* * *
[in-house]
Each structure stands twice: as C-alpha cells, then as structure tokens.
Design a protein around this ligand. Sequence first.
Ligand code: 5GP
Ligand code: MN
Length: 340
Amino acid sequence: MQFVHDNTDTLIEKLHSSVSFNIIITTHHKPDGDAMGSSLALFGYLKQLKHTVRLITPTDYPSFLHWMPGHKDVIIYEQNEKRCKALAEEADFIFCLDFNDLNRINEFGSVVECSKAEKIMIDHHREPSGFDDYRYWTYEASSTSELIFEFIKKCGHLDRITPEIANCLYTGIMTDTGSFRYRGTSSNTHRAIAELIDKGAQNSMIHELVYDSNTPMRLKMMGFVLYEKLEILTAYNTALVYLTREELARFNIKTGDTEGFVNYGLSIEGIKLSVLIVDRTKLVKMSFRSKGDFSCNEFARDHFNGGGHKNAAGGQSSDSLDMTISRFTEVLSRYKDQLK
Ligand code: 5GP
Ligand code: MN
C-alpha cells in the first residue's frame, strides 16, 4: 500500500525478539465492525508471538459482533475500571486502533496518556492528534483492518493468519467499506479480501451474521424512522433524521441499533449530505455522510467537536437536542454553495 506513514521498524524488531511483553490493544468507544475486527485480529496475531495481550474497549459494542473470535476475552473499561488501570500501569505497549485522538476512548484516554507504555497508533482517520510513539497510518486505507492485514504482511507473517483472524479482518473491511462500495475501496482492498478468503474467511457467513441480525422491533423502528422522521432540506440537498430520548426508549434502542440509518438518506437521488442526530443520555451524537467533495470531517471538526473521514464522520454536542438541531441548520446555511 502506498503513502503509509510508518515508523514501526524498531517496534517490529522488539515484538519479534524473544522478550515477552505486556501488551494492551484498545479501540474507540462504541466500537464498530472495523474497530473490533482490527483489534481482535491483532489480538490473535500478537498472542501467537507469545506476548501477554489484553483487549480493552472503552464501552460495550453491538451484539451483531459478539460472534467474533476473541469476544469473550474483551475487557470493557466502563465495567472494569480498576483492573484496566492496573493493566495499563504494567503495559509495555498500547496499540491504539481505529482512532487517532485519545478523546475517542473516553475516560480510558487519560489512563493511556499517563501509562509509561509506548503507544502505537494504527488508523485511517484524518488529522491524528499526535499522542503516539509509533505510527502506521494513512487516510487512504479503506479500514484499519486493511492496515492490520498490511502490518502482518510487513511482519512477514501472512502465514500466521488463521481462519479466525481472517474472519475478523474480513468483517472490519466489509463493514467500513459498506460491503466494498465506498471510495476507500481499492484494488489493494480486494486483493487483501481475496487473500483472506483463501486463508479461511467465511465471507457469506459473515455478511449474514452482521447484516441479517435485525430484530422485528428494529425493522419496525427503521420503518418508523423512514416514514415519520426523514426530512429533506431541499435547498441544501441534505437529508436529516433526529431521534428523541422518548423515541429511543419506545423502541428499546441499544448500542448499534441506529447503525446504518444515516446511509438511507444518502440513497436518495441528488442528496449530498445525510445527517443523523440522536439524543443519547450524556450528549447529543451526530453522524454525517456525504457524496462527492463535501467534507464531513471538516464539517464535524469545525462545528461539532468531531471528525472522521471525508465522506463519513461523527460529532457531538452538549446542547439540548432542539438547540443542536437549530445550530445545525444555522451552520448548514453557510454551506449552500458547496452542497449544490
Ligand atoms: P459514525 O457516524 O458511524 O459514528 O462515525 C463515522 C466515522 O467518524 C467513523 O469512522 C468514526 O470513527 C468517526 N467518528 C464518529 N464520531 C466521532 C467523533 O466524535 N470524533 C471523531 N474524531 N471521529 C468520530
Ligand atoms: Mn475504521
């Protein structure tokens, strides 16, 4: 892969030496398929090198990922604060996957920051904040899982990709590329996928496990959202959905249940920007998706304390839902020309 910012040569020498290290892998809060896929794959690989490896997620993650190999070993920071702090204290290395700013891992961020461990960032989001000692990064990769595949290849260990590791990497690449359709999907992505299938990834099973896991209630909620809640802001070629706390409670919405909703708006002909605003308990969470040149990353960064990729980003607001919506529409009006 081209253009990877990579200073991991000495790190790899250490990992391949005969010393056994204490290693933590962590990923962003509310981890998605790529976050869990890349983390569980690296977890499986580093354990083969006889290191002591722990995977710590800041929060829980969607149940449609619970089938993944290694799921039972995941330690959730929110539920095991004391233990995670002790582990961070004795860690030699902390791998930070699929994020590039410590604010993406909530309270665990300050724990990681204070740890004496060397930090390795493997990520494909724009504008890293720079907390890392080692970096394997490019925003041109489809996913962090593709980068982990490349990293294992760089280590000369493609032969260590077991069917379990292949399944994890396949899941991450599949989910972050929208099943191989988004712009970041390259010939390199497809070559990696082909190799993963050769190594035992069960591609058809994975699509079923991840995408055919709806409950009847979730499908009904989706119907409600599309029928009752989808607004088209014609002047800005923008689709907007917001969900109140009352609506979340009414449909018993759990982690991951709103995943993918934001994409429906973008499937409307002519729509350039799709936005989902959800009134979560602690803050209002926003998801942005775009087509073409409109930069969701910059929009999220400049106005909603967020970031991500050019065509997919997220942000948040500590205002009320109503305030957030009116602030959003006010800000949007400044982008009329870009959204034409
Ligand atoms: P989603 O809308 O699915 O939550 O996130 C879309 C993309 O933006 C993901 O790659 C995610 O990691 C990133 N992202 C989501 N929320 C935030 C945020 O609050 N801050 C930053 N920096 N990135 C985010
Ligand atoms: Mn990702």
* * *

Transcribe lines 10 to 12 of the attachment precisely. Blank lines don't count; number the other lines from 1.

C-alpha cells in the first residue's frame, strides 16, 4: 500500500525478539465492525508471538459482533475500571486502533496518556492528534483492518493468519467499506479480501451474521424512522433524521441499533449530505455522510467537536437536542454553495 506513514521498524524488531511483553490493544468507544475486527485480529496475531495481550474497549459494542473470535476475552473499561488501570500501569505497549485522538476512548484516554507504555497508533482517520510513539497510518486505507492485514504482511507473517483472524479482518473491511462500495475501496482492498478468503474467511457467513441480525422491533423502528422522521432540506440537498430520548426508549434502542440509518438518506437521488442526530443520555451524537467533495470531517471538526473521514464522520454536542438541531441548520446555511 502506498503513502503509509510508518515508523514501526524498531517496534517490529522488539515484538519479534524473544522478550515477552505486556501488551494492551484498545479501540474507540462504541466500537464498530472495523474497530473490533482490527483489534481482535491483532489480538490473535500478537498472542501467537507469545506476548501477554489484553483487549480493552472503552464501552460495550453491538451484539451483531459478539460472534467474533476473541469476544469473550474483551475487557470493557466502563465495567472494569480498576483492573484496566492496573493493566495499563504494567503495559509495555498500547496499540491504539481505529482512532487517532485519545478523546475517542473516553475516560480510558487519560489512563493511556499517563501509562509509561509506548503507544502505537494504527488508523485511517484524518488529522491524528499526535499522542503516539509509533505510527502506521494513512487516510487512504479503506479500514484499519486493511492496515492490520498490511502490518502482518510487513511482519512477514501472512502465514500466521488463521481462519479466525481472517474472519475478523474480513468483517472490519466489509463493514467500513459498506460491503466494498465506498471510495476507500481499492484494488489493494480486494486483493487483501481475496487473500483472506483463501486463508479461511467465511465471507457469506459473515455478511449474514452482521447484516441479517435485525430484530422485528428494529425493522419496525427503521420503518418508523423512514416514514415519520426523514426530512429533506431541499435547498441544501441534505437529508436529516433526529431521534428523541422518548423515541429511543419506545423502541428499546441499544448500542448499534441506529447503525446504518444515516446511509438511507444518502440513497436518495441528488442528496449530498445525510445527517443523523440522536439524543443519547450524556450528549447529543451526530453522524454525517456525504457524496462527492463535501467534507464531513471538516464539517464535524469545525462545528461539532468531531471528525472522521471525508465522506463519513461523527460529532457531538452538549446542547439540548432542539438547540443542536437549530445550530445545525444555522451552520448548514453557510454551506449552500458547496452542497449544490
Ligand atoms: P459514525 O457516524 O458511524 O459514528 O462515525 C463515522 C466515522 O467518524 C467513523 O469512522 C468514526 O470513527 C468517526 N467518528 C464518529 N464520531 C466521532 C467523533 O466524535 N470524533 C471523531 N474524531 N471521529 C468520530
Ligand atoms: Mn475504521